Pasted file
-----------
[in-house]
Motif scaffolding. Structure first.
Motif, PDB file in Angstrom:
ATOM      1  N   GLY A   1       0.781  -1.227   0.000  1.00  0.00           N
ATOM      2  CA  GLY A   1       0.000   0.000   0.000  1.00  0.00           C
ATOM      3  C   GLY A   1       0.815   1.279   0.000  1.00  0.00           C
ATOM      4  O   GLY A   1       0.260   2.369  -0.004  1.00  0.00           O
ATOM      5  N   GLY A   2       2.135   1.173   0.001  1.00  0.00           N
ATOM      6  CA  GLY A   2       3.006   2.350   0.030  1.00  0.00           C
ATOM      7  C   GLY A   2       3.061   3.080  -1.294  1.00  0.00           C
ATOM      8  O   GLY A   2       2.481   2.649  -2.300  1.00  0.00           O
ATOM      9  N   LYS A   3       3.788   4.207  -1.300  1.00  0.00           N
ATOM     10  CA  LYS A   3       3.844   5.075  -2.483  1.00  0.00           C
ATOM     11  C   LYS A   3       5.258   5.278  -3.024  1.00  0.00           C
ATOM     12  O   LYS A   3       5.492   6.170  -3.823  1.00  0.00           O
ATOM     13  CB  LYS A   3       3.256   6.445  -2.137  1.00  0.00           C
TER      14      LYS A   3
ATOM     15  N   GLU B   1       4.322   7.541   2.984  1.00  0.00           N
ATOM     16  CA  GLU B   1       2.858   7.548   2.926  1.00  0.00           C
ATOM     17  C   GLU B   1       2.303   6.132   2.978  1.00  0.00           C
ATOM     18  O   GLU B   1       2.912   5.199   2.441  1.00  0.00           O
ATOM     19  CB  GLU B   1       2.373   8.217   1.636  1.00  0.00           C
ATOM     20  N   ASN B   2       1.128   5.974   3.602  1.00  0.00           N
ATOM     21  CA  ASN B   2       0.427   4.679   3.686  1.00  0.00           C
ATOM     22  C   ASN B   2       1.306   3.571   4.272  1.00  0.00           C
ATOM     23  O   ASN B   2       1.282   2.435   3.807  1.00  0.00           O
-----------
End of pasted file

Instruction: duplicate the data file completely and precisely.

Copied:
[in-house]
Motif scaffolding. Structure first.
Motif, PDB file in Angstrom:
ATOM      1  N   GLY A   1       0.781  -1.227   0.000  1.00  0.00           N
ATOM      2  CA  GLY A   1       0.000   0.000   0.000  1.00  0.00           C
ATOM      3  C   GLY A   1       0.815   1.279   0.000  1.00  0.00           C
ATOM      4  O   GLY A   1       0.260   2.369  -0.004  1.00  0.00           O
ATOM      5  N   GLY A   2       2.135   1.173   0.001  1.00  0.00           N
ATOM      6  CA  GLY A   2       3.006   2.350   0.030  1.00  0.00           C
ATOM      7  C   GLY A   2       3.061   3.080  -1.294  1.00  0.00           C
ATOM      8  O   GLY A   2       2.481   2.649  -2.300  1.00  0.00           O
ATOM      9  N   LYS A   3       3.788   4.207  -1.300  1.00  0.00           N
ATOM     10  CA  LYS A   3       3.844   5.075  -2.483  1.00  0.00           C
ATOM     11  C   LYS A   3       5.258   5.278  -3.024  1.00  0.00           C
ATOM     12  O   LYS A   3       5.492   6.170  -3.823  1.00  0.00           O
ATOM     13  CB  LYS A   3       3.256   6.445  -2.137  1.00  0.00           C
TER      14      LYS A   3
ATOM     15  N   GLU B   1       4.322   7.541   2.984  1.00  0.00           N
ATOM     16  CA  GLU B   1       2.858   7.548   2.926  1.00  0.00           C
ATOM     17  C   GLU B   1       2.303   6.132   2.978  1.00  0.00           C
ATOM     18  O   GLU B   1       2.912   5.199   2.441  1.00  0.00           O
ATOM     19  CB  GLU B   1       2.373   8.217   1.636  1.00  0.00           C
ATOM     20  N   ASN B   2       1.128   5.974   3.602  1.00  0.00           N
ATOM     21  CA  ASN B   2       0.427   4.679   3.686  1.00  0.00           C
ATOM     22  C   ASN B   2       1.306   3.571   4.272  1.00  0.00           C
ATOM     23  O   ASN B   2       1.282   2.435   3.807  1.00  0.00           O